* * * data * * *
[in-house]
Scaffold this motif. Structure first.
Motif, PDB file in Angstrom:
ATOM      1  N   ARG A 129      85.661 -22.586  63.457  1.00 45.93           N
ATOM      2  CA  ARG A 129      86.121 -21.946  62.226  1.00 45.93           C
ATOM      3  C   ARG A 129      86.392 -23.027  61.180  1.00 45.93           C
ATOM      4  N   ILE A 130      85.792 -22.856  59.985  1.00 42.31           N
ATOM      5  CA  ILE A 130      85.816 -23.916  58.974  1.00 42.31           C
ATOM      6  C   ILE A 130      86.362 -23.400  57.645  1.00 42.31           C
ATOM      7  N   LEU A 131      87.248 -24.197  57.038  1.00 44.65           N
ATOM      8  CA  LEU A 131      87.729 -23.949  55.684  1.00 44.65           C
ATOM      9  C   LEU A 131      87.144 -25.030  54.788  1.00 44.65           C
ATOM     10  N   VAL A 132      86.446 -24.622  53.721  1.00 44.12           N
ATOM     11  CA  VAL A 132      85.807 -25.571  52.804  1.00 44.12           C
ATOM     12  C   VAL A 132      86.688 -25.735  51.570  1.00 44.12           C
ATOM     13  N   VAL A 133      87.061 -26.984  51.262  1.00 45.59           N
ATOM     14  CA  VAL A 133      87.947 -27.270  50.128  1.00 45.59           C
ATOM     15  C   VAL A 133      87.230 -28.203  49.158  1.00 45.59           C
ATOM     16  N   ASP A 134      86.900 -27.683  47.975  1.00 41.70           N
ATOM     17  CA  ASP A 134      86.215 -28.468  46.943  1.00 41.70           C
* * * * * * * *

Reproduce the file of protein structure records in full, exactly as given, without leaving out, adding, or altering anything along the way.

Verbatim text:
[in-house]
Scaffold this motif. Structure first.
Motif, PDB file in Angstrom:
ATOM      1  N   ARG A 129      85.661 -22.586  63.457  1.00 45.93           N
ATOM      2  CA  ARG A 129      86.121 -21.946  62.226  1.00 45.93           C
ATOM      3  C   ARG A 129      86.392 -23.027  61.180  1.00 45.93           C
ATOM      4  N   ILE A 130      85.792 -22.856  59.985  1.00 42.31           N
ATOM      5  CA  ILE A 130      85.816 -23.916  58.974  1.00 42.31           C
ATOM      6  C   ILE A 130      86.362 -23.400  57.645  1.00 42.31           C
ATOM      7  N   LEU A 131      87.248 -24.197  57.038  1.00 44.65           N
ATOM      8  CA  LEU A 131      87.729 -23.949  55.684  1.00 44.65           C
ATOM      9  C   LEU A 131      87.144 -25.030  54.788  1.00 44.65           C
ATOM     10  N   VAL A 132      86.446 -24.622  53.721  1.00 44.12           N
ATOM     11  CA  VAL A 132      85.807 -25.571  52.804  1.00 44.12           C
ATOM     12  C   VAL A 132      86.688 -25.735  51.570  1.00 44.12           C
ATOM     13  N   VAL A 133      87.061 -26.984  51.262  1.00 45.59           N
ATOM     14  CA  VAL A 133      87.947 -27.270  50.128  1.00 45.59           C
ATOM     15  C   VAL A 133      87.230 -28.203  49.158  1.00 45.59           C
ATOM     16  N   ASP A 134      86.900 -27.683  47.975  1.00 41.70           N
ATOM     17  CA  ASP A 134      86.215 -28.468  46.943  1.00 41.70           C